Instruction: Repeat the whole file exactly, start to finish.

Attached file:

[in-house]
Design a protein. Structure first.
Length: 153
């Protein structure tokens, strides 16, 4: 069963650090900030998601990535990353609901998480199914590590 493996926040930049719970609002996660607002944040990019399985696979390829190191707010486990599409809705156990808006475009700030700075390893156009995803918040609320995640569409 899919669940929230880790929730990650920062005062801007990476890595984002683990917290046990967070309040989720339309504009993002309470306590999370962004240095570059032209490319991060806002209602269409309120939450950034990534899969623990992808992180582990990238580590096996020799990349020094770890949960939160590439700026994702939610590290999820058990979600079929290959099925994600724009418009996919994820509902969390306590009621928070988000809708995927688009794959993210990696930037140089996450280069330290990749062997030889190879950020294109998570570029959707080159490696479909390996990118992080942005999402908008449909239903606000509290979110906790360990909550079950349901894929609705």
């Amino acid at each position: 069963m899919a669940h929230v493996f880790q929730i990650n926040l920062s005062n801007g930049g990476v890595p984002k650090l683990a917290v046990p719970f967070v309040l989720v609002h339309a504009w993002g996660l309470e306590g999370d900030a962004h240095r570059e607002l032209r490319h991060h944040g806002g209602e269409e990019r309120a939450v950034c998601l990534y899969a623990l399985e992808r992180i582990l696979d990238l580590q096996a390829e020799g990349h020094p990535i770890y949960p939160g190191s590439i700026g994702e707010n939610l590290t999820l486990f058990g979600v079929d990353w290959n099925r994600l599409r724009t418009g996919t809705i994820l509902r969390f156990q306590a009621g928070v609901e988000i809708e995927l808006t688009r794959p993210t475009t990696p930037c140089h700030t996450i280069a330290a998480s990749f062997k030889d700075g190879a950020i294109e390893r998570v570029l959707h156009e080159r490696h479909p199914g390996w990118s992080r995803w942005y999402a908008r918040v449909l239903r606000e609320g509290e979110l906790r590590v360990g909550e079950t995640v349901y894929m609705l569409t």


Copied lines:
[in-house]
Design a protein. Structure first.
Length: 153
């Protein structure tokens, strides 16, 4: 069963650090900030998601990535990353609901998480199914590590 493996926040930049719970609002996660607002944040990019399985696979390829190191707010486990599409809705156990808006475009700030700075390893156009995803918040609320995640569409 899919669940929230880790929730990650920062005062801007990476890595984002683990917290046990967070309040989720339309504009993002309470306590999370962004240095570059032209490319991060806002209602269409309120939450950034990534899969623990992808992180582990990238580590096996020799990349020094770890949960939160590439700026994702939610590290999820058990979600079929290959099925994600724009418009996919994820509902969390306590009621928070988000809708995927688009794959993210990696930037140089996450280069330290990749062997030889190879950020294109998570570029959707080159490696479909390996990118992080942005999402908008449909239903606000509290979110906790360990909550079950349901894929609705």
């Amino acid at each position: 069963m899919a669940h929230v493996f880790q929730i990650n926040l920062s005062n801007g930049g990476v890595p984002k650090l683990a917290v046990p719970f967070v309040l989720v609002h339309a504009w993002g996660l309470e306590g999370d900030a962004h240095r570059e607002l032209r490319h991060h944040g806002g209602e269409e990019r309120a939450v950034c998601l990534y899969a623990l399985e992808r992180i582990l696979d990238l580590q096996a390829e020799g990349h020094p990535i770890y949960p939160g190191s590439i700026g994702e707010n939610l590290t999820l486990f058990g979600v079929d990353w290959n099925r994600l599409r724009t418009g996919t809705i994820l509902r969390f156990q306590a009621g928070v609901e988000i809708e995927l808006t688009r794959p993210t475009t990696p930037c140089h700030t996450i280069a330290a998480s990749f062997k030889d700075g190879a950020i294109e390893r998570v570029l959707h156009e080159r490696h479909p199914g390996w990118s992080r995803w942005y999402a908008r918040v449909l239903r606000e609320g509290e979110l906790r590590v360990g909550e079950t995640v349901y894929m609705l569409t």